What is GNU Octave? Octave is a scientific application that uses a Matlab-like interpreted high-level language for numerical computations and simulations. It offers functions to solve linear and nonlinear problems, can plot the results as graphics and offers capabilities for data manipulation and visualization. GNU Octave provides an interactive command line interface and a GUI interface but can also be used in noninteractive scripts for data processing.
The version that we will install on Ubuntu 15.05 as part of this tutorial comes with a native GUI similar to Matlab, with a built-in editor, browser window, command history, documentation and debugging tools.
Download and Install Octave
We can install Octave 3.8.1 from Ubuntu software center as shown below:
Or alternatively on the shell by running this command:
sudo apt-get install octave
There are two ways to start Octave, with the shell command or through the GUI. Octave does not start the Graphical User Interface by default when started on the shell, that’s why I use the ‘–force-gui’ option on the command line.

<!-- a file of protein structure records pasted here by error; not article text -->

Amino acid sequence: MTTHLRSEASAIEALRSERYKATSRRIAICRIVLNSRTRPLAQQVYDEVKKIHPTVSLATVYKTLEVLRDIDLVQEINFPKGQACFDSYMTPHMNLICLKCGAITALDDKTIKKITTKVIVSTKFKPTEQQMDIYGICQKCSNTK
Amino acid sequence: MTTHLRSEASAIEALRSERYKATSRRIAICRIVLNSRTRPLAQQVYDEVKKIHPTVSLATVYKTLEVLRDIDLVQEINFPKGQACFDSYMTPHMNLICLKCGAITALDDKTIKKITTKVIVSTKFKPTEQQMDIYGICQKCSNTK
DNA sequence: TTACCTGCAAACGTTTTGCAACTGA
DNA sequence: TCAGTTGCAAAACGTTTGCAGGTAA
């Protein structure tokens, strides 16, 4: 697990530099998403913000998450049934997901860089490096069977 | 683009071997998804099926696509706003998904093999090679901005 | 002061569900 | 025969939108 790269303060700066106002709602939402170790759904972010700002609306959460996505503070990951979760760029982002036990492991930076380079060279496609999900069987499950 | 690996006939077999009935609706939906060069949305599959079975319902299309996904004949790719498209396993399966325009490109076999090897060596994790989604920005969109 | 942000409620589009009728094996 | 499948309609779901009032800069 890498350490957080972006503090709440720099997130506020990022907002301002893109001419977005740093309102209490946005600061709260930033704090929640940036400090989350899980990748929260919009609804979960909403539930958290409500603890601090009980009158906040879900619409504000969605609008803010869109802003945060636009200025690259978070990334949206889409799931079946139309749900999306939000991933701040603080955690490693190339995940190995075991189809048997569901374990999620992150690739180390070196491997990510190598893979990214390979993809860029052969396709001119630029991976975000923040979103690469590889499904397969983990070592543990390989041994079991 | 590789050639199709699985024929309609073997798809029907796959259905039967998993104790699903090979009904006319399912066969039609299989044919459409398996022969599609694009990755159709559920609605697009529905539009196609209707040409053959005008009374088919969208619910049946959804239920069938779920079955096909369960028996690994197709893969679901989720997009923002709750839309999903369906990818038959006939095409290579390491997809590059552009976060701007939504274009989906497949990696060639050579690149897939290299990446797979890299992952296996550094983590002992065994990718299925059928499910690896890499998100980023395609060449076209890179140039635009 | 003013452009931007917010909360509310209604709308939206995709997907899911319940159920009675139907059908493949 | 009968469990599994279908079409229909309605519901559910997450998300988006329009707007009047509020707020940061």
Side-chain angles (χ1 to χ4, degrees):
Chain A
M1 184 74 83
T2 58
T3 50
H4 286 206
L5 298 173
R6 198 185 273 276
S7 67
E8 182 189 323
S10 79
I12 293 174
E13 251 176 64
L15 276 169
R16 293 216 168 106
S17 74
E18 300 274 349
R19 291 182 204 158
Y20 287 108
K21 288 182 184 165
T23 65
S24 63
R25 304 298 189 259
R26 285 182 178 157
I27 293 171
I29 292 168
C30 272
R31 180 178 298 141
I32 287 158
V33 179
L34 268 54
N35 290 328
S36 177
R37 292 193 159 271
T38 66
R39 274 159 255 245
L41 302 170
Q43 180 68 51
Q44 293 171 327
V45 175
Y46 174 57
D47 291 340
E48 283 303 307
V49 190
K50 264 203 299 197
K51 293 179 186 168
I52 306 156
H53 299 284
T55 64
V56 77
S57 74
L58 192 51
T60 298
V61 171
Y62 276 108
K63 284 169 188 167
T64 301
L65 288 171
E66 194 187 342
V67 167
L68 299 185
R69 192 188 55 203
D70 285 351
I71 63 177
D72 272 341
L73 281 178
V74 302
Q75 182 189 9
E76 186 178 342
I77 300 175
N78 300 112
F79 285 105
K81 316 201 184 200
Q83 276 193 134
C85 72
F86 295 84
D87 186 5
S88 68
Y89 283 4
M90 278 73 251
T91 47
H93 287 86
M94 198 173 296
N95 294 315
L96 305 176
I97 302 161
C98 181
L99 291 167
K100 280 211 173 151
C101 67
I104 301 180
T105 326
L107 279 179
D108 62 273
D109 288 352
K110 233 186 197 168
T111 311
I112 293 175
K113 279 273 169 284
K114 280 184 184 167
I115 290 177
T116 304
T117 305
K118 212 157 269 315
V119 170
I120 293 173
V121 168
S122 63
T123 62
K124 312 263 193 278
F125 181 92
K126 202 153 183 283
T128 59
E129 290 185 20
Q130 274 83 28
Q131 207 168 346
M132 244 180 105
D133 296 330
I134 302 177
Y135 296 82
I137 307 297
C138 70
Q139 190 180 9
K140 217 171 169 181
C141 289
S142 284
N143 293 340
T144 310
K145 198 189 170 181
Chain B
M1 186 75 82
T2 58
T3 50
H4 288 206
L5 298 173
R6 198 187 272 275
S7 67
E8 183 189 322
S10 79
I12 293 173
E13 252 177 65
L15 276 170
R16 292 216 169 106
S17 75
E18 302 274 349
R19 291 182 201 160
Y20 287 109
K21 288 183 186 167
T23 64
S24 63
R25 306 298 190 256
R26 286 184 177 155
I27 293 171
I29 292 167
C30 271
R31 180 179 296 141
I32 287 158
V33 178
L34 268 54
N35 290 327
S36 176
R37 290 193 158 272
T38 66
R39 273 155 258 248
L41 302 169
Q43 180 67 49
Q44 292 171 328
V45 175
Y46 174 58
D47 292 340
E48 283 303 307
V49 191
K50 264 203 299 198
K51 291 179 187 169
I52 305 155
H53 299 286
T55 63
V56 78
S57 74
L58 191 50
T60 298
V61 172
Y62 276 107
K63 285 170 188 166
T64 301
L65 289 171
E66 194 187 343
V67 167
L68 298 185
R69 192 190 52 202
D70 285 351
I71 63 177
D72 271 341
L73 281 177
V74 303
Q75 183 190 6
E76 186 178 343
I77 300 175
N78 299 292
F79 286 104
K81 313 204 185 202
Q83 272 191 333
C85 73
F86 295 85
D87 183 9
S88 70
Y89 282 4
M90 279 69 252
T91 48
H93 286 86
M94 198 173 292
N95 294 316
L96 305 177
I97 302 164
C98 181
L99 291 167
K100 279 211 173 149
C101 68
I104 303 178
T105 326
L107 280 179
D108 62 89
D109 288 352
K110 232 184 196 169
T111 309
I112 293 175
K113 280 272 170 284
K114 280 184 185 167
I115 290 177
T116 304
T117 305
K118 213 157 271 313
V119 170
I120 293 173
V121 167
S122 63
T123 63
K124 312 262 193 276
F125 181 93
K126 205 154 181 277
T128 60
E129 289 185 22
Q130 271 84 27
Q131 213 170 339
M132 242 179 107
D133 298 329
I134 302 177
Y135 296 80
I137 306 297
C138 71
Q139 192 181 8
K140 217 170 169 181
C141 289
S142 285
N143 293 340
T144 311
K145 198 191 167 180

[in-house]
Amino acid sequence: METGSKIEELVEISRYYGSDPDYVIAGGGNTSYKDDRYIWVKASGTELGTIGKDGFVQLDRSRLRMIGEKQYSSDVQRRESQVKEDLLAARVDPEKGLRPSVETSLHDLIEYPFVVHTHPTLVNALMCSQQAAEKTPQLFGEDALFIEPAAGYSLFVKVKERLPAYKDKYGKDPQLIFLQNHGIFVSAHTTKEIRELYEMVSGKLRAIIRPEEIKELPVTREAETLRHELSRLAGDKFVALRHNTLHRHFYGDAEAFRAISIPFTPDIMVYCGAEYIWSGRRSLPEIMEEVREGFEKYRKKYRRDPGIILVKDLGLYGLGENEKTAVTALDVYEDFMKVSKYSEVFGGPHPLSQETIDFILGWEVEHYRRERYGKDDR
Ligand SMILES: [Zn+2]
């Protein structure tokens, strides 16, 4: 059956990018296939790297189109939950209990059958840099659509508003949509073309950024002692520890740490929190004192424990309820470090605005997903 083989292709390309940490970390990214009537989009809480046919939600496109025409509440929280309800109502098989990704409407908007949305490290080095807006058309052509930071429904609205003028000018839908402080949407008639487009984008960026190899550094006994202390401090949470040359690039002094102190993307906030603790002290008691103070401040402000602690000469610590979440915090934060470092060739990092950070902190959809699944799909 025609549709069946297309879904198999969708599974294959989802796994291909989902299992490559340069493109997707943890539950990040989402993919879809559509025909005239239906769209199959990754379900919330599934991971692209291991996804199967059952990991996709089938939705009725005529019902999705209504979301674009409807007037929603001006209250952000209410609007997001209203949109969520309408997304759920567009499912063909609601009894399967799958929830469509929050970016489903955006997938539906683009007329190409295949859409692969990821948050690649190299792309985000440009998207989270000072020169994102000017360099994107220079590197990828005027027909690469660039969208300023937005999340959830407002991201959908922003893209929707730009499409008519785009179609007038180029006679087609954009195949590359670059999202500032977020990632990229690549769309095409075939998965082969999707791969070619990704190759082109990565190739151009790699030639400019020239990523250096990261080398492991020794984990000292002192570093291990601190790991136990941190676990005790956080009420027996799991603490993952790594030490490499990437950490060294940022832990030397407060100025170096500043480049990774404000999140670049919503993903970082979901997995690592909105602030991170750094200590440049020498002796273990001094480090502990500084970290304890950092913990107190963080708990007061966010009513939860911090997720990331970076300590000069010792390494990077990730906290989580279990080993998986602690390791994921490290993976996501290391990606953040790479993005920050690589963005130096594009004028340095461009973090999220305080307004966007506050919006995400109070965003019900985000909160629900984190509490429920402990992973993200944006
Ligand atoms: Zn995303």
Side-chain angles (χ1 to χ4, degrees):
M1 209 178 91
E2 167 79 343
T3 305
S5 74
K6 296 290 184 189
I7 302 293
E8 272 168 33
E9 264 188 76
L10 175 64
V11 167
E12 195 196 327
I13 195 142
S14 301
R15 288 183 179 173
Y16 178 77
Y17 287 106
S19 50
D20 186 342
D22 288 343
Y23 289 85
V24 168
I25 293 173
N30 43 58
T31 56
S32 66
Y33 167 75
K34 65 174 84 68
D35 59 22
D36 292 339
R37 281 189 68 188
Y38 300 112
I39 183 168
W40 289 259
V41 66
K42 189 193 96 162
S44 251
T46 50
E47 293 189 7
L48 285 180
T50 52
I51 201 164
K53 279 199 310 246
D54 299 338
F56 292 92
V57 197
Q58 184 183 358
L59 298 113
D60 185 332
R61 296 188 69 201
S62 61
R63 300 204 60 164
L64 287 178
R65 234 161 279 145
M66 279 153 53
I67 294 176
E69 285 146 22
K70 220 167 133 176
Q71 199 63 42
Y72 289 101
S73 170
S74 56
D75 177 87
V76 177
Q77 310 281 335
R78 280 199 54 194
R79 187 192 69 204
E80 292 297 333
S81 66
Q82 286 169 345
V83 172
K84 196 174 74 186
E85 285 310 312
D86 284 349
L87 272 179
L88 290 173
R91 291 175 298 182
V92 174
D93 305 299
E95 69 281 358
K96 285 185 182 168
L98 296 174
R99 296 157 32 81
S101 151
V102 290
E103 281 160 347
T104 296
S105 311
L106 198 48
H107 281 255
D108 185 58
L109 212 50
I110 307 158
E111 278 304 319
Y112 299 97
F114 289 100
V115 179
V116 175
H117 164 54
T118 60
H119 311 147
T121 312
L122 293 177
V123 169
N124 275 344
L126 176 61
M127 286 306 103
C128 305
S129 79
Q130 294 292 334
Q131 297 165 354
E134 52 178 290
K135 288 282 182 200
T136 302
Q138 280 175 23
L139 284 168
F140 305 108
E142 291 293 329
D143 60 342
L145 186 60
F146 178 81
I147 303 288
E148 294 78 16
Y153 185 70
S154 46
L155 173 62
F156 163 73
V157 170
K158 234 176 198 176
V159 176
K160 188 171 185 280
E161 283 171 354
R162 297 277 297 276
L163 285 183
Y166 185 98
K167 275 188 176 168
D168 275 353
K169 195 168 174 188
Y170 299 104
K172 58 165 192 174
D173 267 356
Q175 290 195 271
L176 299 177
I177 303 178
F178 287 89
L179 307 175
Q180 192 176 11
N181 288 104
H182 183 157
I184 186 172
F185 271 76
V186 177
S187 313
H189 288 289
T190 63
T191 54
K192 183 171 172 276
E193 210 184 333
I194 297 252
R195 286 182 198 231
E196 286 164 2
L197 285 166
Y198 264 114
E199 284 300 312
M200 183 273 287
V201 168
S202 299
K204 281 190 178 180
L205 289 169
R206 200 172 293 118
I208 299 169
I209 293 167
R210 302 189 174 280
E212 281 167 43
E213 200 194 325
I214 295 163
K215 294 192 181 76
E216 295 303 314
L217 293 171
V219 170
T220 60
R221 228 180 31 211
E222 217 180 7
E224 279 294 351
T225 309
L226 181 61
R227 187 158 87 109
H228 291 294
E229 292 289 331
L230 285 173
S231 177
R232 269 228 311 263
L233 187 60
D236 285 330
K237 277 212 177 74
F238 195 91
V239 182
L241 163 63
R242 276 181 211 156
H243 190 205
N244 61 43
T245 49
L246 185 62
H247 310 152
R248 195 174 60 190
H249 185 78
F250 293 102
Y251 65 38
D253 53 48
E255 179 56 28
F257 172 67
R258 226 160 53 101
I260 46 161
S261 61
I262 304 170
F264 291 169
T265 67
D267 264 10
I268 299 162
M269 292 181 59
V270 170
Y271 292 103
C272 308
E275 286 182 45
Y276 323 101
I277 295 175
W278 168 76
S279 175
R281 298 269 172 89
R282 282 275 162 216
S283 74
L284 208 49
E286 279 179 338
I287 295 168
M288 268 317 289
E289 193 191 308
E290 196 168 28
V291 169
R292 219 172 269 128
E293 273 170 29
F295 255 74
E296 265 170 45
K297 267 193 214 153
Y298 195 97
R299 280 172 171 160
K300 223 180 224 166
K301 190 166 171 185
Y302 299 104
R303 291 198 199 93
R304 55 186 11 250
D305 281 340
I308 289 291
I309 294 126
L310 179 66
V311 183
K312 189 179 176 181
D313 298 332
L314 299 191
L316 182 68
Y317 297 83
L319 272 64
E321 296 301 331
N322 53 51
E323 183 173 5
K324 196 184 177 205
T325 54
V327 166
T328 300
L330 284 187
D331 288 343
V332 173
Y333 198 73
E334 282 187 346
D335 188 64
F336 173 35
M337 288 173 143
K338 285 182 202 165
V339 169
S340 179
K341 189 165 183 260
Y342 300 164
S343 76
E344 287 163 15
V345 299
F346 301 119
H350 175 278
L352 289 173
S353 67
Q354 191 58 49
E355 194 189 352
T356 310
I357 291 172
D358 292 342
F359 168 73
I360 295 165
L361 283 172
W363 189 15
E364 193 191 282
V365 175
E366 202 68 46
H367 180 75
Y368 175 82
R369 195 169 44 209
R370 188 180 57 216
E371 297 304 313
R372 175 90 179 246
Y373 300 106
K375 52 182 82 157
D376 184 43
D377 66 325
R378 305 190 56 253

Open a shell in Ubuntu and invoke Octave by using this command:
Or we can start Octave trough it’s icon on the left sidebar
In any case, we can use the power of Octave commands, either for calculations or to make a graphical analysis of mathematical functions.
Examples using Octave
Example 1: Simple Calculations
Enter the following line on the Octave shell:
>> 3 + 4
to sum up three plus four. Or enter:
>> 8997 / 3
to calculate the split of 8997 from 3 and type:
to calculate the square root of a number, in this case, 9.
Example 2: plotting mathematical functions
Type in the next commands:
>> x=[1, 2, 3, 2, 1]
>> plot (x);
Please note the semicolon at the end of the last command.
A window like this will show the plot of the function:
Graphical User Interface (GUI)
If we are going to use the Graphical User Interface, rather than the Octave command terminal, this will show up as follows:
This will open a new window with the plot of the function you entered
In the next tutorial, we will discuss the more advanced features, including PC peripheral devices and connecting Linux scripts with Scientific software. We will also study in depth the layout of the Octave GUI such as the Workspace, the Command History, the File Browser and other functions of the software.